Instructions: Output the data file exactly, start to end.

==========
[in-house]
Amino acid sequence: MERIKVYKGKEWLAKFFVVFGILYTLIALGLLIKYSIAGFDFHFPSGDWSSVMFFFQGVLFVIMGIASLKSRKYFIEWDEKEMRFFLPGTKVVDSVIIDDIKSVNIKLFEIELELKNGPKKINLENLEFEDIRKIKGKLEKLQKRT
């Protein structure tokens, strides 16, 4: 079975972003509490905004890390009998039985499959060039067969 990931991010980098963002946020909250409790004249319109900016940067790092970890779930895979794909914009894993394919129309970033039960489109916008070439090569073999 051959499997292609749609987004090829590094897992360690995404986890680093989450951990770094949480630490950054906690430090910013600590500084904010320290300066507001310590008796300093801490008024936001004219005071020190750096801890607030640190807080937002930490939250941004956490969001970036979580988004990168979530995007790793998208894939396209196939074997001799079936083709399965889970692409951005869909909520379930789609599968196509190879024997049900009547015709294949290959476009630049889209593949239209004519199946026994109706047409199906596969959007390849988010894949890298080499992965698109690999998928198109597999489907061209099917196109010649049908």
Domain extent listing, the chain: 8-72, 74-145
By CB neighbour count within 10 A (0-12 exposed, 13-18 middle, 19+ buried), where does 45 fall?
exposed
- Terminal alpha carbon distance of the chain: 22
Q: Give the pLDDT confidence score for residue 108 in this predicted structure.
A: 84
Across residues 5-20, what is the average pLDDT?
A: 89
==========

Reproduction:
[in-house]
Amino acid sequence: MERIKVYKGKEWLAKFFVVFGILYTLIALGLLIKYSIAGFDFHFPSGDWSSVMFFFQGVLFVIMGIASLKSRKYFIEWDEKEMRFFLPGTKVVDSVIIDDIKSVNIKLFEIELELKNGPKKINLENLEFEDIRKIKGKLEKLQKRT
């Protein structure tokens, strides 16, 4: 079975972003509490905004890390009998039985499959060039067969 990931991010980098963002946020909250409790004249319109900016940067790092970890779930895979794909914009894993394919129309970033039960489109916008070439090569073999 051959499997292609749609987004090829590094897992360690995404986890680093989450951990770094949480630490950054906690430090910013600590500084904010320290300066507001310590008796300093801490008024936001004219005071020190750096801890607030640190807080937002930490939250941004956490969001970036979580988004990168979530995007790793998208894939396209196939074997001799079936083709399965889970692409951005869909909520379930789609599968196509190879024997049900009547015709294949290959476009630049889209593949239209004519199946026994109706047409199906596969959007390849988010894949890298080499992965698109690999998928198109597999489907061209099917196109010649049908």
Domain extent listing, the chain: 8-72, 74-145
By CB neighbour count within 10 A (0-12 exposed, 13-18 middle, 19+ buried), where does 45 fall?
exposed
- Terminal alpha carbon distance of the chain: 22
Q: Give the pLDDT confidence score for residue 108 in this predicted structure.
A: 84
Across residues 5-20, what is the average pLDDT?
A: 89